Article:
One of the most distinctive traits of our culture today is its hatred of distinctions. Each man believes he has the right to define himself as he wishes and no one wants to be excluded from any group he wants to be a part of. We pride ourselves on our diversity, inclusivity, and pluralism, and this not just outside the church—but also inside. Even at the Lord's Table. If we have a principle about the Lord's Table any more, it's simply that no one should be turned away. Ever. After all, how would you feel if you were a guest at someone's table and he told you that you could not eat or drink? Jesus ate and drank with real sinners, so why shouldn't we?

What we've forgotten is that our Lord instituted the sacraments to draw hard distinctions between His Own children and the children of the world. Across church history this division has been clear. In the Old Testament this was the purpose of circumcision, and in the New Testament this is the purpose of baptism. Making distinctions is also the purpose of the Lord's Supper. Sadly, though, there are few now who want to allow the Lord's Supper to do what God designed it to do, both outside and inside the sanctuary. So today when the Lord's Supper is served, it almost never makes distinctions within the congregation.

Paedocommunionists would pounce on that statement saying that's precisely their point: assuming everyone in the sanctuary has received Trinitarian baptism, everyone in the sanctuary is a Christian and must eat and drink at the Lord's Table each Lord's Day during worship. Otherwise, as their argument goes, they are not testifying to the unity of the church. They are not discerning the body as the Apostle Paul commands in 1Corinthians 11. They are denying their membership in the Household of Faith. So every single person present who has received Trinitarian baptism must commune. They have no choice about it. They must never absent themselves. They must never abstain—neither themselves nor their children, no matter how young they are.

Anyone who doesn't come to the Table is denying the faith. So, think about it: you wouldn't want anyone to misunderstand your abstaining from the Table, would you? You wouldn't want someone to think you were denying the faith, right? Or worse, that you were allowing your four-year-old to deny the faith?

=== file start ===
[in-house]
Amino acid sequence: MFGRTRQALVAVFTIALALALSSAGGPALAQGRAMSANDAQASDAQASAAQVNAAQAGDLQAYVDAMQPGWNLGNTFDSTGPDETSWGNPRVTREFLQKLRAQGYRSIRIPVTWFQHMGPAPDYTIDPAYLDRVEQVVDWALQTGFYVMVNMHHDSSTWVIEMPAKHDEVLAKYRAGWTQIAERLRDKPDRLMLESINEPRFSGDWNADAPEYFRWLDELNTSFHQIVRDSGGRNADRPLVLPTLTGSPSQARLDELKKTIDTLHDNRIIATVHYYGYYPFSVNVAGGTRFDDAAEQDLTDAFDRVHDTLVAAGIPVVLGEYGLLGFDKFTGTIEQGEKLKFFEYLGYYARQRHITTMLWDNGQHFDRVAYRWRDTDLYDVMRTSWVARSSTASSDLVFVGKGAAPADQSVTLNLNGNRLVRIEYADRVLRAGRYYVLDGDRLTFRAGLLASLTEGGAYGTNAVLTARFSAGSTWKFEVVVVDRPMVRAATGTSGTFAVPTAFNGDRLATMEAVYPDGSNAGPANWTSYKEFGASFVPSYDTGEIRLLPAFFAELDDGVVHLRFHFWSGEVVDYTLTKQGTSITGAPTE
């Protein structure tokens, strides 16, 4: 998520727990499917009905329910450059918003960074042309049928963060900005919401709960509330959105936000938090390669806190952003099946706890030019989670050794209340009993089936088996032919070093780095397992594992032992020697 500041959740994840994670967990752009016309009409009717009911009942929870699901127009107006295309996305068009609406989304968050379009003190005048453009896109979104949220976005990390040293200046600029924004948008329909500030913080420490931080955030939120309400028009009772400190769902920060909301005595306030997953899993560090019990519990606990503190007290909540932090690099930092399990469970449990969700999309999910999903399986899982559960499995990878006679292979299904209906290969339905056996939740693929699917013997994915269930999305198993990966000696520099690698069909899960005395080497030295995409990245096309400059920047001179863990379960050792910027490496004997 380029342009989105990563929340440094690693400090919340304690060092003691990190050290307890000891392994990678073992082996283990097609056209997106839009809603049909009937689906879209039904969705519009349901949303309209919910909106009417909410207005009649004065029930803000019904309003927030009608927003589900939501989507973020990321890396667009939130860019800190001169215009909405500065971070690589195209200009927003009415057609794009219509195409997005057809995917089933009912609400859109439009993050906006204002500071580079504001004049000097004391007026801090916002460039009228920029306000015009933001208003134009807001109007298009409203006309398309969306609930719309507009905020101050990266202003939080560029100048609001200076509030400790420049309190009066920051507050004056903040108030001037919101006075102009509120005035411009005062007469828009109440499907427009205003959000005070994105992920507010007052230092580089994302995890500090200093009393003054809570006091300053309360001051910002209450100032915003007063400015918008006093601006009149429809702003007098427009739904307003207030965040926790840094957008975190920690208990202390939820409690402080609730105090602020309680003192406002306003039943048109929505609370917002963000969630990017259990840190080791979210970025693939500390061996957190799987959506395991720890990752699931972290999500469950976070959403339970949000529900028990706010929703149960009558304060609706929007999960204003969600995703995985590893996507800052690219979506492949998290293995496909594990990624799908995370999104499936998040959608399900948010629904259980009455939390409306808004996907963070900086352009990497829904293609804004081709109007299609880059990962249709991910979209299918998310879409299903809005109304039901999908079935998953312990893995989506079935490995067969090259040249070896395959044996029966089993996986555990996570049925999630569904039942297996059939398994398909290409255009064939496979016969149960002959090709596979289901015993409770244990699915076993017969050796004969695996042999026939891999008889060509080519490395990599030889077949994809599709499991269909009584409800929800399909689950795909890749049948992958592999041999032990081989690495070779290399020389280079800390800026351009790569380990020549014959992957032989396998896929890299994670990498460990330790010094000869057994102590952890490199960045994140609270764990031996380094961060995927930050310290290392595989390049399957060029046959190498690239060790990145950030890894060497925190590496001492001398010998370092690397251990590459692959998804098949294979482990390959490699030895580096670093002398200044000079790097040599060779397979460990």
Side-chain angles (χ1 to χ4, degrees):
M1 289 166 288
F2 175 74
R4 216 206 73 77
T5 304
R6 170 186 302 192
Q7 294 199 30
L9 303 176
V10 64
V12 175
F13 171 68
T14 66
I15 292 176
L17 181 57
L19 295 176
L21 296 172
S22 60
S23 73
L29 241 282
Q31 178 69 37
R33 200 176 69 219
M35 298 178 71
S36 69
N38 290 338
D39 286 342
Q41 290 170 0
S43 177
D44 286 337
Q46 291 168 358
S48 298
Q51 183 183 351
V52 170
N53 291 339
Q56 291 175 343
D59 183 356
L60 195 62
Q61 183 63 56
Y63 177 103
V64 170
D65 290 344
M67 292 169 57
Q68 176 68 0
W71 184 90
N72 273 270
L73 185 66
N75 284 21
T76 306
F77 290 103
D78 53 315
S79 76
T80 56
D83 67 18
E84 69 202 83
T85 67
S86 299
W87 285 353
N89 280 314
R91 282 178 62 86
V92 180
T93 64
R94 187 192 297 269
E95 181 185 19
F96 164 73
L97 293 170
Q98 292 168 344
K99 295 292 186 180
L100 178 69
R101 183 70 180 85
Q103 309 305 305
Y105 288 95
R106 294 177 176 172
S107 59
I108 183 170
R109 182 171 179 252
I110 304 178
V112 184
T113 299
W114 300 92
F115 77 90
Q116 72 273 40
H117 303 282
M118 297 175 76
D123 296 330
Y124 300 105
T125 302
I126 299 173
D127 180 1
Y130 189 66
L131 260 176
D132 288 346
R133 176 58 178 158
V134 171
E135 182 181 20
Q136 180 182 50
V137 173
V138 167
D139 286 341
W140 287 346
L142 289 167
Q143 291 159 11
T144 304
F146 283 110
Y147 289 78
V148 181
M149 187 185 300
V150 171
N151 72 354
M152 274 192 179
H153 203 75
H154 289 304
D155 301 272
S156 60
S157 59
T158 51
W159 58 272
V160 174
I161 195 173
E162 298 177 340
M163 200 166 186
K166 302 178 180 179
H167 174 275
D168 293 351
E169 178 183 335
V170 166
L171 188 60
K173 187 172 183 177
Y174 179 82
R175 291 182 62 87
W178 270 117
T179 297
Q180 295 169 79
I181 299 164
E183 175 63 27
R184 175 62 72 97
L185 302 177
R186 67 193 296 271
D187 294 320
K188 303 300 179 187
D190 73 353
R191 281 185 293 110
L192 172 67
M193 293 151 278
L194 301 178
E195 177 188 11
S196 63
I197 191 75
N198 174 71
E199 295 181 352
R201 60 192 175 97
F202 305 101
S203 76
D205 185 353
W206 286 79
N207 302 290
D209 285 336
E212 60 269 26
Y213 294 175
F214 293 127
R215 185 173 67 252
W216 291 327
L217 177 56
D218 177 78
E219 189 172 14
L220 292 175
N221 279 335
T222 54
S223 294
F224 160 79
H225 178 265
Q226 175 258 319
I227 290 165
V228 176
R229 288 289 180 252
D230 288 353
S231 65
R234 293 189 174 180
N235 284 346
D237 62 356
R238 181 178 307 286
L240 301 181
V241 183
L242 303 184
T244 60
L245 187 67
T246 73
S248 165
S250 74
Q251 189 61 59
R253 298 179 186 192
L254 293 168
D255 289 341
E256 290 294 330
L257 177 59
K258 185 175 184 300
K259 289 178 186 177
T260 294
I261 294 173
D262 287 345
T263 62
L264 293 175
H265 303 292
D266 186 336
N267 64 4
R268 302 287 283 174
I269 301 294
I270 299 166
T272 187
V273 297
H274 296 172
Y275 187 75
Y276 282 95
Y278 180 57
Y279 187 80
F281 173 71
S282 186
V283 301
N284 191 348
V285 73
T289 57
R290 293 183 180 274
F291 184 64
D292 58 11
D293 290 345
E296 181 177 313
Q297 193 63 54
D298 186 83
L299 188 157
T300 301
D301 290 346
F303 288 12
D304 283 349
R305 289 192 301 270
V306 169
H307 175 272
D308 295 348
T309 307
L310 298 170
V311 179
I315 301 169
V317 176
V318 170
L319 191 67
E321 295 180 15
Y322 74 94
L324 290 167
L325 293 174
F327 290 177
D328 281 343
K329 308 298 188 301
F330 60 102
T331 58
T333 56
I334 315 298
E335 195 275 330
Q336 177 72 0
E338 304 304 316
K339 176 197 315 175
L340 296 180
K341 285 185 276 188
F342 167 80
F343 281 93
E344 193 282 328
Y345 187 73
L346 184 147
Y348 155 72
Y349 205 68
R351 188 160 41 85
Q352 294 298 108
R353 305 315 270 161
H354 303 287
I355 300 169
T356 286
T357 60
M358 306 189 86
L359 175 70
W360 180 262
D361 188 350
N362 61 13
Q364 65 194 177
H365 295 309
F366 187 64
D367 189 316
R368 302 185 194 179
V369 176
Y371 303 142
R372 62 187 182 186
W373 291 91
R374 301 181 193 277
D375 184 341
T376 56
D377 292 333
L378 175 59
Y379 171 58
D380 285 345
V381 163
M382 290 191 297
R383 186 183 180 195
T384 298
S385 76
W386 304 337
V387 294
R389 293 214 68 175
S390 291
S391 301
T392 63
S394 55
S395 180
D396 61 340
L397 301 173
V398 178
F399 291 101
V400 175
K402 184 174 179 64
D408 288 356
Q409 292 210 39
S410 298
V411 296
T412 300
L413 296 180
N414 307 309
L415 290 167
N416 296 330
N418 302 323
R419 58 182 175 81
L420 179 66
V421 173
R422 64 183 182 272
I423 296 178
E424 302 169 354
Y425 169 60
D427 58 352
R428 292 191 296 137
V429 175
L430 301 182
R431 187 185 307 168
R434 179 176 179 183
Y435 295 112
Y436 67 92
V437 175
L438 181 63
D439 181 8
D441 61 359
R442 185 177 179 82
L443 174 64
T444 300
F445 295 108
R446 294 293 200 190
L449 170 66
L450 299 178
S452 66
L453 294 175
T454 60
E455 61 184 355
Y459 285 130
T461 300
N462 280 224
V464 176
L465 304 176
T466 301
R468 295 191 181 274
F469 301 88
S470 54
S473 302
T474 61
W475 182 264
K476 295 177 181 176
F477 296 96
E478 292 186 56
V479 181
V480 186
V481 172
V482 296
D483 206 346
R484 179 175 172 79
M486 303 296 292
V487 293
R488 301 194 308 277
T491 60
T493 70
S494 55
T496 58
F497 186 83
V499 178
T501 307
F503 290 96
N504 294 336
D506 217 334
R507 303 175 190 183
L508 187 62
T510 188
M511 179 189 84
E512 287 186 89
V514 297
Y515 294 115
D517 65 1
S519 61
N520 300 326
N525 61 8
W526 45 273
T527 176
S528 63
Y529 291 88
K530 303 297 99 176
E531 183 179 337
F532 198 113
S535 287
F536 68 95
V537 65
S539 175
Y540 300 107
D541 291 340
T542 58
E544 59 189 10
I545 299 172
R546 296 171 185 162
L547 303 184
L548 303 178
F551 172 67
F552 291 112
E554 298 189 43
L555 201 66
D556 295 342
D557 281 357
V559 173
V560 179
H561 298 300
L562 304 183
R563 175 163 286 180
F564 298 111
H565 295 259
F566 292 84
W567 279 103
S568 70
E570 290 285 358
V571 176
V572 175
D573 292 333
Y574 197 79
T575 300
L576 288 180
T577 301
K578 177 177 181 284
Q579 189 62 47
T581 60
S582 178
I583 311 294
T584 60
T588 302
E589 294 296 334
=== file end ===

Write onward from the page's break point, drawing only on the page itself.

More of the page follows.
As we said, all the cultural pressure is in the direction of blurring the line of demarcation between the church and the world, between God's people and worldlings. Concerning mainstream Evangelicals, it's only natural their children who aren't yet baptized would be welcomed to the Lord's Table. Who wants to say "no" to their son and daughter if he or she reaches out for the bread and the grape juice?

Today's pressure never to say "no" to anyone who wants to come to the Lord's Supper is far bigger than simply the practice of the communing of little children. In our congregation, we have had a number of visitors not return and we have lost regular attenders because we require those who partake to be under the authority of some church that is Bible-believing. It's fine if the church is not our own, but it's not fine if the souls demanding to come to the Lord's Table refuse to submit to anyone who is over them in the Lord and keeps watch over their souls as men who must give an account to God (Hebrews 13:17). This command of Scripture is so clear we cannot simply overlook it, so every other week as we serve the Lord's Supper this requirement of submission to some church authority is part of our fencing the Table.

What is "fencing the Table?" The fact that you don't know is another proof of the abandonment of Scripture's commands concerning the right liturgy and administration of this Holy Supper of our Lord. Thus part of our argument is that paedocommunion contributes to the abandonment of Scripture's commands at the point of the the historic Reformed church's Biblical commitments in fencing the Lord's Table.